Every few months another national website, blog, or home improvement site comes up with suggestions for avoiding consumer scams from unlicensed or unscrupulous contractors. These days, most legitimate contractors are delighted to get work, but there are the exceptions who don't plan on doing much, if anything, except running with your money.
This week, Investopedia writer Michael Sanibel published an article with Yahoo about predators who cheat senior citizens or unwary homeowners. His top list of scam lines include the "I was in your neighborhood on a project and...;" "I'm offering special offers only to homes around here this month...;" and "I can help you get financing for the work."
Contractors Here Today and Gone Tomorrow
A key sign of a scam, Sanibel says, is a contractor who drives up in an unmarked truck without an invitation and insists on coming into the house right away. You should verify a physical address for their business, proof of licensing, and a physical (not cell) number for the business before asking anyone in for an estimate.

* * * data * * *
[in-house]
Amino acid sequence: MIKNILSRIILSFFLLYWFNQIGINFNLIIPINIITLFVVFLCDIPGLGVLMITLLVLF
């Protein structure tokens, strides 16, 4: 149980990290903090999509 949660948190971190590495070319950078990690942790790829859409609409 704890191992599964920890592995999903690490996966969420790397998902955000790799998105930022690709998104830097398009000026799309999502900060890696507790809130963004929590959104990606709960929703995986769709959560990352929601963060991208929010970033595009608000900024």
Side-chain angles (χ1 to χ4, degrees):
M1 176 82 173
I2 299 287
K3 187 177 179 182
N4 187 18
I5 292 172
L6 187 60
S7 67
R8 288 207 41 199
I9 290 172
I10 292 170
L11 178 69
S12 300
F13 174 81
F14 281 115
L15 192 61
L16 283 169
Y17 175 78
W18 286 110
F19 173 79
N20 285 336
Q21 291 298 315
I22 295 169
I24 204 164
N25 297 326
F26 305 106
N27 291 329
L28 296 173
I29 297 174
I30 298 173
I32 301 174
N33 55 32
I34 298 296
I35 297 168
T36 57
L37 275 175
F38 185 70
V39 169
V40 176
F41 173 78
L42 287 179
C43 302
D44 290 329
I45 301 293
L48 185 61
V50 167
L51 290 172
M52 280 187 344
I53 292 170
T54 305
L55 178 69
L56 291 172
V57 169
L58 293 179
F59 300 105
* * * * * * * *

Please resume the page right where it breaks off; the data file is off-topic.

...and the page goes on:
Readers Digest reports that one of the bigger scams is conducted by contractors who suddenly claim you need a new roof, ripping the old one off before trying any repair work. Asphalt shingle roofing--installed correctly--can last two decades.
Another contractor ploy is to get you to rip out your old foundation to waterproof a damp basement. Sometimes walls get wet from condensation or poorly aimed sprinkler and faulty drainage systems that can be remedied.
Be very afraid of contractors who want cash down before doing any work. They're here for your money and may be gone tomorrow.
What the Lawyers Say
You can spare yourself a lot of misery by doing your homework before choosing the right contractor. Construction litigators at Lawyers.com warn against contractors who try to enlist you in finding additional customers for money. Avoid anyone who insists that you get your own building permits or who wants to use materials they have left over from another job in your neighborhood.
Building a good relationship with your contractor is a matter of examining their licensing and insurance documents and getting everything in writing. You should get warranties for materials and labor, estimated start and completion dates, and a payment schedule that withholds the final payment until you approve completion of the job.
And check all prospective contractor's records with the Better Business Bureau.